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Buffalo investors took Monday's stock market sell-off with remarkable calm, area stockbrokers said.

But brokers and investment advisers expect plenty of nervous phone calls and hand-wringing in the next several days, as novice investors digest their first taste of Wall Street's dark side.

"It was a difficult and painful day," said Mary Collins Demske, president of Niagara Investment Advisers in Buffalo. "A lot of wealth was lost in the market in the short term."

But most long-term clients of her investment management company sat tight. "It's kind of nice they haven't been calling in droves," she said.

Charles W. McCollum, president of Harold C. Brown & Co., said he had two or three calls on Monday as the Dow Jones average plunged.

"Maybe we've got 'em conditioned," he said. "In '87 we spent two weeks on the phone telling people, 'you've got good companies, there's no reason to sell.' " It was in 1987 that the Dow average last dropped more than 500 points.

Not everyone was in a selling mood on Monday, McCollum said.

"I had one voice mail from a client who said 'buy when you see something good,' " he said.

By contrast, Charles L. "Lee" Abell, portfolio manager at Advest Inc. in Buffalo, was selling stock on Monday to lock in profits before they evaporated.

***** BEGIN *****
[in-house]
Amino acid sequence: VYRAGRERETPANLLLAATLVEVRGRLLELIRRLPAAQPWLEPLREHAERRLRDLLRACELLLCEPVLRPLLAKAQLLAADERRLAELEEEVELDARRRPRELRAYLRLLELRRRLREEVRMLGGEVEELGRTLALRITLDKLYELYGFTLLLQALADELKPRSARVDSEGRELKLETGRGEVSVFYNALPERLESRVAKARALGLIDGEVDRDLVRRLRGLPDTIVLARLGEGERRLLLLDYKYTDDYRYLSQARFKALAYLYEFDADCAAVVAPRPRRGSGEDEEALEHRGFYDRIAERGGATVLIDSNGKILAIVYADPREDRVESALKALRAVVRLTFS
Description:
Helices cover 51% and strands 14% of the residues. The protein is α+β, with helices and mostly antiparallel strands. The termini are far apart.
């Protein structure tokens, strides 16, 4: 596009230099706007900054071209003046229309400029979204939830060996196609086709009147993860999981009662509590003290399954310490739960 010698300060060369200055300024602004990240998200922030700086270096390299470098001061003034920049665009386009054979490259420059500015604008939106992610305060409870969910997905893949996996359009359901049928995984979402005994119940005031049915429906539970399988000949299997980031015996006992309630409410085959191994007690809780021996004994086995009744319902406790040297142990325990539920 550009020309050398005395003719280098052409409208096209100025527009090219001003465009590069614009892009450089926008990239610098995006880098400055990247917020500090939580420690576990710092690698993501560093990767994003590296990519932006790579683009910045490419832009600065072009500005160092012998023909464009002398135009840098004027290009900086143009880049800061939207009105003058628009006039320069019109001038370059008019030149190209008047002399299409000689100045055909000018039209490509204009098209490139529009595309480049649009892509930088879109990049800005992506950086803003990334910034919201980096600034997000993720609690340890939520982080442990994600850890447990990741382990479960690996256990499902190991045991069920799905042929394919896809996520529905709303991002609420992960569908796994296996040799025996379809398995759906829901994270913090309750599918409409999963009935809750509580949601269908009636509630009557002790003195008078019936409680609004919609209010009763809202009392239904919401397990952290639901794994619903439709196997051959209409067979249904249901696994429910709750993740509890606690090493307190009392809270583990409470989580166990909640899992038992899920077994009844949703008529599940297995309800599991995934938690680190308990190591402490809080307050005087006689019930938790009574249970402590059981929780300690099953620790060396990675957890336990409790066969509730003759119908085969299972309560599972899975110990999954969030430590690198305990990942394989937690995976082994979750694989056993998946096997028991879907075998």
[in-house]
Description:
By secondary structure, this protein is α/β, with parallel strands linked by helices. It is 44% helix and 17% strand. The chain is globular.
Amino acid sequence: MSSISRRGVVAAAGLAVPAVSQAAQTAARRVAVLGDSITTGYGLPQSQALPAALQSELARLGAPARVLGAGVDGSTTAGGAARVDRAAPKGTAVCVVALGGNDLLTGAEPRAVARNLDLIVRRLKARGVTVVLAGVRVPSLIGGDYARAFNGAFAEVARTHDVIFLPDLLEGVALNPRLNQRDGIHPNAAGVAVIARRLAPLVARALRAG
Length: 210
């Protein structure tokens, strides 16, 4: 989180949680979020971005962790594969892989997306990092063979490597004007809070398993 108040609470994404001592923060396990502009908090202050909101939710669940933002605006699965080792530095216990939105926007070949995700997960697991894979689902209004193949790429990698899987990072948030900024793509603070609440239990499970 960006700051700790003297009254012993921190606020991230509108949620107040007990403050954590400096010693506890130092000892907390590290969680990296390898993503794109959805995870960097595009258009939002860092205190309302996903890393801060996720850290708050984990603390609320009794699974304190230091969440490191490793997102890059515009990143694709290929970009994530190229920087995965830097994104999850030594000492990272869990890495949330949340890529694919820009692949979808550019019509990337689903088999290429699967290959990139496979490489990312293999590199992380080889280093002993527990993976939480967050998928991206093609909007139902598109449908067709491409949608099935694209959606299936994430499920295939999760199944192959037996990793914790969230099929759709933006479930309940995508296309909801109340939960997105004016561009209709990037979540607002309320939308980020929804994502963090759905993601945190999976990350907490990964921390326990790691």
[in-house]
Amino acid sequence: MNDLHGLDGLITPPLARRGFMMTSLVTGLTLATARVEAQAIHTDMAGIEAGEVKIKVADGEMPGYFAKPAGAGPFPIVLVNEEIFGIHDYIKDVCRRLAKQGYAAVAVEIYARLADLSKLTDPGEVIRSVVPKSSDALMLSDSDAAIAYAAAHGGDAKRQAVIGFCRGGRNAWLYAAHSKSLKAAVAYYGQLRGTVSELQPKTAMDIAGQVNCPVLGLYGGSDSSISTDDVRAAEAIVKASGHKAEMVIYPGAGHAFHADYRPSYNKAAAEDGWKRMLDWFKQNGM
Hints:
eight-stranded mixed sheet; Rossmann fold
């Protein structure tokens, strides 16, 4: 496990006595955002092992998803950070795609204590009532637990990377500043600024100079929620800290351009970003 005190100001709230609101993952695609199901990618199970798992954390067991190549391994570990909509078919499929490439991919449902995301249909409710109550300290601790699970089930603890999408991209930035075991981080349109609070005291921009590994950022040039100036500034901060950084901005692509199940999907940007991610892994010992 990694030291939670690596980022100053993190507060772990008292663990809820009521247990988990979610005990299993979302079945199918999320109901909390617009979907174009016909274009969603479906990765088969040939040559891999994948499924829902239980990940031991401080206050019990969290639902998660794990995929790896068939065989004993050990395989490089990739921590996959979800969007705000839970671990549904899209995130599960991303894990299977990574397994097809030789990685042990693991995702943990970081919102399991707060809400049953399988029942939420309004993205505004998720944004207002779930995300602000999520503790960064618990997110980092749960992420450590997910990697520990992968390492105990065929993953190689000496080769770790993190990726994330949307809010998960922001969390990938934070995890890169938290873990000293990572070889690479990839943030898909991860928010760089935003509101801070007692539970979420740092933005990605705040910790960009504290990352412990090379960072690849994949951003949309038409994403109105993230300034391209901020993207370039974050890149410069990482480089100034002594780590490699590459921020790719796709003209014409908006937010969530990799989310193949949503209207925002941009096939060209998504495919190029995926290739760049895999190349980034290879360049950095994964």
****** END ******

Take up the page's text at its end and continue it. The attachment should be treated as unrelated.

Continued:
"I guess there's a certain feeling things were overpriced," he said. One of his clients said that "Everybody knows stocks are going to go down, the only question is when," he said. "This is when."

Abell predicted that the market will drift lower in the coming weeks, as investors sell shares to generate tax losses. "I don't think we'll see the old highs again very quickly," he said.

The reaction of novice mutual fund investors will be a key influence during the next several days, said Williams A. O'Loughlin Jr. senior vice president of Essex Investment Group in Williamsville.

"One-half the people in stock mutual funds have only been there three years or less," he said. "You hear people say their mutual fund 'pays' 20 percent a year."

The stock market may be indicating that economic growth will slow down in 1998, Ms. Collins Demske said. The silver lining: "The Fed won't raise rates now," she said, which was regarded as a near certainty a week ago.

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